The year 1866 marked a phenomenal turning point in the history of South Africa, for it was during that year that the first diamond, the famous 21¼-ct Eureka diamond, was discovered in the vicinity of the Orange river.
At the time of the discovery, South Africa was an economic backwater with severely limited economic growth prospects.
The economy of the region was essentially agricultural, with sheep and sugar farming representing the two strongest sectors of the economy.
Moreover, South Africa was not a country; it was a number of miscellaneous territories, a ramshackle collection of polities, a congeries of peoples, united by little more than poverty.
It was a land without millions and certainly without millionaires and, in 1866, no one dreamed of making a future or fortunes in that faraway and empty land.
However, the dreary fate of the country and of its people was changed in 1866 with the discovery of a 21¼-ct diamond close to the banks of the Orange river.
According to historical records, the Eureka diamond was discovered by a young boy, Erasmus Stephanus Jacobs, on his father’s farm, De Kalk, located north-east of Hopetown, on the fringe of the Cape Colony.
The stone remained “undiscovered” for some time and was used as a mere plaything for the children on the farm.
No one in the farmer’s home took it to be anything more than an attractive rock, and it was not until a neighbour- ing farmer, Schalk van Niekerk, who had a smattering of geological knowledge, noticed the stone while visiting the Jacobs’ farmhouse.
Whilst Van Niekerk did not imagine it could be a diamond, he thought it interesting enough to offer to buy the Eureka from the children. However, Mevrou Jacobs refused to accept any payment and simply gave the stone to her neighbour.
A few months later, Van Niekerk passed the stone on to his friend John Robert O’Reilly who determined that it had to be a diamond.
In an attempt to verify his hunch, O’Reilly sent the stone to Dr William Guybon Atherstone, in Grahamstown, the nearest geologist in a two-hundredmile radius.
Atherstone tested the stone and declared it, in no uncertain terms, to be a diamond weighing 21¼ ct and hazarded a price of £500.
The stone was then sold to Sir Philip Wodehouse, governor of the Cape Colony, for £500, with O’Reilly and Van Niekerk sharing the proceeds.
While an agreement had been made that Van Niekerk would give some of his share to the Jacobs family, it seems, sadly enough, they never received a penny for their great discovery.
Sir Phillip felt that Queen Victoria should be given the opportunity of inspecting the diamond first-hand so the Eureka was sent on a long journey to Windsor.
At the same time, a replica of the diamond was sent to be exhibited at the Cape Colony’s stand at the 1867 Paris Exhibition.
The diamond attracted considerable attention, but only as a freak.
It occurred to no one that the discovery of the beautiful blue-white gem heralded the emergence of more, let alone the eruption of shoals of diamonds, which were going to make a cluster of millionaires, a pack of bankrupts and a colossal industry!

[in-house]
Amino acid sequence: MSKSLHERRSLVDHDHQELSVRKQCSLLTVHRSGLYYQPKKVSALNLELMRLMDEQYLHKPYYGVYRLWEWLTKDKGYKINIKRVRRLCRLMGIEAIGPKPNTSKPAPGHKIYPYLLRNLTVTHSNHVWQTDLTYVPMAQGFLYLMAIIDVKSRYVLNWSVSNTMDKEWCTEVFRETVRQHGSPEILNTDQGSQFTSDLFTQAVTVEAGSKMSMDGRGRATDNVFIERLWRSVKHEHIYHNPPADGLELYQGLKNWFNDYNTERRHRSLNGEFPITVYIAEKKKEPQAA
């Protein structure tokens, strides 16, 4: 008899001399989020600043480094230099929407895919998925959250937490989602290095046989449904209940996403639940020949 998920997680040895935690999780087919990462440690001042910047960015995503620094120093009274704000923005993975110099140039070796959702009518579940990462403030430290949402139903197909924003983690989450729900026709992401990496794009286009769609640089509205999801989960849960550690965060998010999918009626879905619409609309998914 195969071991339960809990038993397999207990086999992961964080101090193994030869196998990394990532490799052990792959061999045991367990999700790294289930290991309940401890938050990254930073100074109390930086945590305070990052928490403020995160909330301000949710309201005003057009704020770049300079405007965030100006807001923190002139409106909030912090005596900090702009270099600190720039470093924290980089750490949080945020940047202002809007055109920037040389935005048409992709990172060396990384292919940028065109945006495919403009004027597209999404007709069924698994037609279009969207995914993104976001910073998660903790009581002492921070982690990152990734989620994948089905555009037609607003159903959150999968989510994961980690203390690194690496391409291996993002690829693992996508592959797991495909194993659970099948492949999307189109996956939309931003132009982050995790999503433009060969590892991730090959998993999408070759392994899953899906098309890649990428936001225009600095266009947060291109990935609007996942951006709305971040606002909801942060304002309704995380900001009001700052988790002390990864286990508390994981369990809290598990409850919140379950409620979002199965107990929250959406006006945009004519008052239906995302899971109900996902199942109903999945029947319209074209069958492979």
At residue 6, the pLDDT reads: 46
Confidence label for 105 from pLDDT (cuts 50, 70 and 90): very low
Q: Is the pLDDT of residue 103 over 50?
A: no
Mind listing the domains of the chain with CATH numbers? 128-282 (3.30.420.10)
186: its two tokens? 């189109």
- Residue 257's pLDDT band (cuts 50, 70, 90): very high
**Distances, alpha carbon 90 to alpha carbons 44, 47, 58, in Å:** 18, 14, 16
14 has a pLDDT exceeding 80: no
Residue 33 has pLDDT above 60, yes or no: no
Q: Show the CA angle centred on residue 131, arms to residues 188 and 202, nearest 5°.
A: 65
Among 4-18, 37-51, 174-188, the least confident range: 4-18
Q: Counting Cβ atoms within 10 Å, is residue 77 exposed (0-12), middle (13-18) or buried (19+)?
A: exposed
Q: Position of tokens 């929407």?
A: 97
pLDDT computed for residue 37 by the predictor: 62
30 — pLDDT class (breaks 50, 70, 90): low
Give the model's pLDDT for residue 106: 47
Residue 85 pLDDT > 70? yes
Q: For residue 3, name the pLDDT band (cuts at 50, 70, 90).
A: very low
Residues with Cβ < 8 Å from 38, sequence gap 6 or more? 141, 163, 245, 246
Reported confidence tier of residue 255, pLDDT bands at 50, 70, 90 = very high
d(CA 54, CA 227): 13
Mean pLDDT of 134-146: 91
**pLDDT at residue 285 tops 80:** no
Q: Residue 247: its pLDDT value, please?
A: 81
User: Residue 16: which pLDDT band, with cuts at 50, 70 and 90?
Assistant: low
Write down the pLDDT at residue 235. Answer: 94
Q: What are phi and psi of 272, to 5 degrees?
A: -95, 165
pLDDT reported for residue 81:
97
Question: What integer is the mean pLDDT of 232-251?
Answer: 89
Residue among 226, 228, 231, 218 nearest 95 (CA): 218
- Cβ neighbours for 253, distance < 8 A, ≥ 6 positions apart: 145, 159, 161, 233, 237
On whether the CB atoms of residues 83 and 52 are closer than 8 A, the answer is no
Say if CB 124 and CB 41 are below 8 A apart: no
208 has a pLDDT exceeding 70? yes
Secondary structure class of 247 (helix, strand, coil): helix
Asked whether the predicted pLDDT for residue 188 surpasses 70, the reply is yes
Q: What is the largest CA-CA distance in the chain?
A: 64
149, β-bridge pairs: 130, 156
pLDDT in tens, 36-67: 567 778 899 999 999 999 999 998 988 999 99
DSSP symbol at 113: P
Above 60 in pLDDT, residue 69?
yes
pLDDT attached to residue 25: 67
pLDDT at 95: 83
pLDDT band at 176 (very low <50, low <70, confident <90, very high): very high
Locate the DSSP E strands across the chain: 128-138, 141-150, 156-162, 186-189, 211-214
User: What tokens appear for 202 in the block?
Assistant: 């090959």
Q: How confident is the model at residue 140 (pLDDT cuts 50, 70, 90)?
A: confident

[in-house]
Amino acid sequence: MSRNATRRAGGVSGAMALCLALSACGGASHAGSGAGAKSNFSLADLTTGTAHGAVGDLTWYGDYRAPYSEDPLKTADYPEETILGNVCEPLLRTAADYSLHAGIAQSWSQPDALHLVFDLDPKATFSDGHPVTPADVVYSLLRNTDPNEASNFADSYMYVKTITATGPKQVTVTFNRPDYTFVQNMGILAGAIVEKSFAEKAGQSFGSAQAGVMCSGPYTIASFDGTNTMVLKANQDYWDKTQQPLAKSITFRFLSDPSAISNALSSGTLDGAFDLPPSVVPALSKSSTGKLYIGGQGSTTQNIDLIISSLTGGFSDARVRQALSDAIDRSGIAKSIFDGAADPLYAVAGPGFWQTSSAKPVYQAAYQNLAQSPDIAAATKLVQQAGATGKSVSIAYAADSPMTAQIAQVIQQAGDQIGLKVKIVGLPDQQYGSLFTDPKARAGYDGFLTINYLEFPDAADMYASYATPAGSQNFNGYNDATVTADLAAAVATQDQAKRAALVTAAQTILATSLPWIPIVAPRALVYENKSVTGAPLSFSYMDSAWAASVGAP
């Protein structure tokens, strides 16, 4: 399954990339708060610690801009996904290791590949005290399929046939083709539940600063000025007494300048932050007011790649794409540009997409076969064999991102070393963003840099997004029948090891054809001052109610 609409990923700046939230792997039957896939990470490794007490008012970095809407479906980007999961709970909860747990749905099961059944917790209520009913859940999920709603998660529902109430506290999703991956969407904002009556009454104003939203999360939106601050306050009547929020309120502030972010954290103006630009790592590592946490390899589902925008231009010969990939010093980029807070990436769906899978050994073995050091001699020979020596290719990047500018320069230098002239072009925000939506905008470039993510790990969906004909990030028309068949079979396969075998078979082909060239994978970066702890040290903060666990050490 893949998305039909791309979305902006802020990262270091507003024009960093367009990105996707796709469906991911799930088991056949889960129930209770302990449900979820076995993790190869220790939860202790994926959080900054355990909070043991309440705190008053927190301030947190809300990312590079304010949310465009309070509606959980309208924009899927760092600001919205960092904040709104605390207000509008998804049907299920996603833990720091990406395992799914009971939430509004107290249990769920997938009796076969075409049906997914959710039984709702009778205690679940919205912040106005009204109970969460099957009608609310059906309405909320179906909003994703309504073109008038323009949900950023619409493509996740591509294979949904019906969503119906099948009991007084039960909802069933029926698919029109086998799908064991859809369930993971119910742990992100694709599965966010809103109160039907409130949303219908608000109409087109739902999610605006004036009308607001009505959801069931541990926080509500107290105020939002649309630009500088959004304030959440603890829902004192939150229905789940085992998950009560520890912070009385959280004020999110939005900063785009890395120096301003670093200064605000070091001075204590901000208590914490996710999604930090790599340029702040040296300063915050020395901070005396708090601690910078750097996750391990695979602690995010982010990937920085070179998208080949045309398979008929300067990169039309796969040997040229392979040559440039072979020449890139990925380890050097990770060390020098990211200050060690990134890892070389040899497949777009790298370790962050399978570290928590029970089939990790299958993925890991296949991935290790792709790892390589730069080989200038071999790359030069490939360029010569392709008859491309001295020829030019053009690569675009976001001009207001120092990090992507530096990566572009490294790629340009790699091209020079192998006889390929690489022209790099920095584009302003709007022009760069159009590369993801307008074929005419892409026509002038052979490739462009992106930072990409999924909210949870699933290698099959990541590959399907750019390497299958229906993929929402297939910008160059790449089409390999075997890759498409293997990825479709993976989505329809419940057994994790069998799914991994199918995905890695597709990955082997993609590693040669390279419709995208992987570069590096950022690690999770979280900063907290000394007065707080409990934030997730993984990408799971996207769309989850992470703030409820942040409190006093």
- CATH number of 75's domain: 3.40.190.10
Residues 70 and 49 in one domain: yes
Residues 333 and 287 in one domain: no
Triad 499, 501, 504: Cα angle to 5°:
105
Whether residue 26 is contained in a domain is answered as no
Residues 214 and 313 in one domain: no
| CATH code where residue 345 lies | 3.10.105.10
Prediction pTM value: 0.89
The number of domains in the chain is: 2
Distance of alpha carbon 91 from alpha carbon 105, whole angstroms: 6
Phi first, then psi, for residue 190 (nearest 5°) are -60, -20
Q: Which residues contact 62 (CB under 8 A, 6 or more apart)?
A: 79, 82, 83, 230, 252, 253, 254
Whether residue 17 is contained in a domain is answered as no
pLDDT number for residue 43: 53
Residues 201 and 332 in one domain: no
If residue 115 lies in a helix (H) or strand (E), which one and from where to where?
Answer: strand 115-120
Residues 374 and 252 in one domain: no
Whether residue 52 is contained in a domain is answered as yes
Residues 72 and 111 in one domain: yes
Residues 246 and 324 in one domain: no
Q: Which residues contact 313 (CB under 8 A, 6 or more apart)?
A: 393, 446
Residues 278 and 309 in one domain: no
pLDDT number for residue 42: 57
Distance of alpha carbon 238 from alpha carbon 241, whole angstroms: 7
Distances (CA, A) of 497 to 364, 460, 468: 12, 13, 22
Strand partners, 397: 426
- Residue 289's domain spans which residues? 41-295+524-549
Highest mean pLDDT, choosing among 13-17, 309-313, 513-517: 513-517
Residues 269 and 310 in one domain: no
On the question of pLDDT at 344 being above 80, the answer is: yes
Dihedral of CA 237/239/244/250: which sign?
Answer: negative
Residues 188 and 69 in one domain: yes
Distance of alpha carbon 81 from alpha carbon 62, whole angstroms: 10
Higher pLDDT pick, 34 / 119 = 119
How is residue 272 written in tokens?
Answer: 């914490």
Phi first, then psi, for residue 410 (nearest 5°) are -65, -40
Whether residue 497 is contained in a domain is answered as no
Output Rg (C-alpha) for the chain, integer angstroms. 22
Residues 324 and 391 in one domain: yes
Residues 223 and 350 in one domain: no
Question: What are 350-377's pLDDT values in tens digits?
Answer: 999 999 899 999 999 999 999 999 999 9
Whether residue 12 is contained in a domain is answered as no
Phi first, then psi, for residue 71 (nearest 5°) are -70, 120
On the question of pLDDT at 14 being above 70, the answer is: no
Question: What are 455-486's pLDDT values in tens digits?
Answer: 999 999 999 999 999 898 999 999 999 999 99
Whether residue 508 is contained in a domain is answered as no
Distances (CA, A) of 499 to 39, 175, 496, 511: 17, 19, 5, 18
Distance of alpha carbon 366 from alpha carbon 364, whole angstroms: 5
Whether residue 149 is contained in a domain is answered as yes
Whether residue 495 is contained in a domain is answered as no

That same year, Sir Robert Murchison, of the Museum of Practical Geology, in London, said that he would stake his reputation that not so much as a matrix of diamonds existed in South Africa.
The next year Professor James Gregory, of London Univer-sity, visited areas where diamonds were said to be found, but “saw no indication that would suggest the finding of diamonds or diamond-bearing deposits in any of these localities”. “The geological character of that part of the country renders it impossible . . . that any diamonds could have been discovered there.”
Indeed, for a couple of years, South Africans were unsure whether their land held a treasure trove. In fact, many did not believe that there were untold riches beneath the dusty plains of South Africa’s interior.
But local farmers around Hopetown and along the Orange river kept a sharp lookout for diamonds nonetheless.
A few insignificant stones were picked up to the north, along the Vaal river, and groups of farmers rushed down to its banks to grovel through them for any bright stones. A few had sold their land to finance prospecting, but only a handful of stones emerged.
Money was short, prospects were low, and, after a year, interest in diamonds waned.
It would only be in 1869, after the discovery of the famous 83½-ct Star of South Africa, that the diamond rush would be ignited and the fortunes of the country and its people irrevocably transformed.
History of the Eureka Diamond
In 1870, Sir Philip returned to England, and there the Eureka was to remain for almost 100 years.
It was cut down to 10¾ ct and, over the course of almost a century, changed hands a number of times.
In 1946, the Times reported that £5 700 had been paid at a Christie’s public auction for a diamond bangle of 20 large stones with the Eureka as its centre piece.
It remained in a private collection until, in 1967, exactly 100 years after its discovery, De Beers bought the Eureka, gifting it to the people of South Africa.
The Eureka was placed on permanent loan by the South African government at the Big Hole Museum, in Kimberley.